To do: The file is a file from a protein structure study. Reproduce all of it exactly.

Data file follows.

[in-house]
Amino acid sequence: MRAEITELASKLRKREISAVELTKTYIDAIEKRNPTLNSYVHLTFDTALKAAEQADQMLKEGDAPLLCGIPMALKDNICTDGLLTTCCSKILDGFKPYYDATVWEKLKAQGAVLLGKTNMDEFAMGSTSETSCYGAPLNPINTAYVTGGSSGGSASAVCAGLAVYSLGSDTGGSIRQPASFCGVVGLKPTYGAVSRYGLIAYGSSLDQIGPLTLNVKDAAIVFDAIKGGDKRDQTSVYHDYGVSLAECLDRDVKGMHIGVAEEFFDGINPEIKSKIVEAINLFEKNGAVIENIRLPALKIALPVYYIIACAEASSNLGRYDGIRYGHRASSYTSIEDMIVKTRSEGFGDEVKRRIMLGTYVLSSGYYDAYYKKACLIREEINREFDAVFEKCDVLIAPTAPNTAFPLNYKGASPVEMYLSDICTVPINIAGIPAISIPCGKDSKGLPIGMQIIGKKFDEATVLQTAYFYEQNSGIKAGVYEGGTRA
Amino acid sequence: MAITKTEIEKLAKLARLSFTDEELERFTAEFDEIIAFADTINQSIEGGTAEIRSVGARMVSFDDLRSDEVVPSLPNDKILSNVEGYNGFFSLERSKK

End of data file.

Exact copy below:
[in-house]
Amino acid sequence: MRAEITELASKLRKREISAVELTKTYIDAIEKRNPTLNSYVHLTFDTALKAAEQADQMLKEGDAPLLCGIPMALKDNICTDGLLTTCCSKILDGFKPYYDATVWEKLKAQGAVLLGKTNMDEFAMGSTSETSCYGAPLNPINTAYVTGGSSGGSASAVCAGLAVYSLGSDTGGSIRQPASFCGVVGLKPTYGAVSRYGLIAYGSSLDQIGPLTLNVKDAAIVFDAIKGGDKRDQTSVYHDYGVSLAECLDRDVKGMHIGVAEEFFDGINPEIKSKIVEAINLFEKNGAVIENIRLPALKIALPVYYIIACAEASSNLGRYDGIRYGHRASSYTSIEDMIVKTRSEGFGDEVKRRIMLGTYVLSSGYYDAYYKKACLIREEINREFDAVFEKCDVLIAPTAPNTAFPLNYKGASPVEMYLSDICTVPINIAGIPAISIPCGKDSKGLPIGMQIIGKKFDEATVLQTAYFYEQNSGIKAGVYEGGTRA
Amino acid sequence: MAITKTEIEKLAKLARLSFTDEELERFTAEFDEIIAFADTINQSIEGGTAEIRSVGARMVSFDDLRSDEVVPSLPNDKILSNVEGYNGFFSLERSKK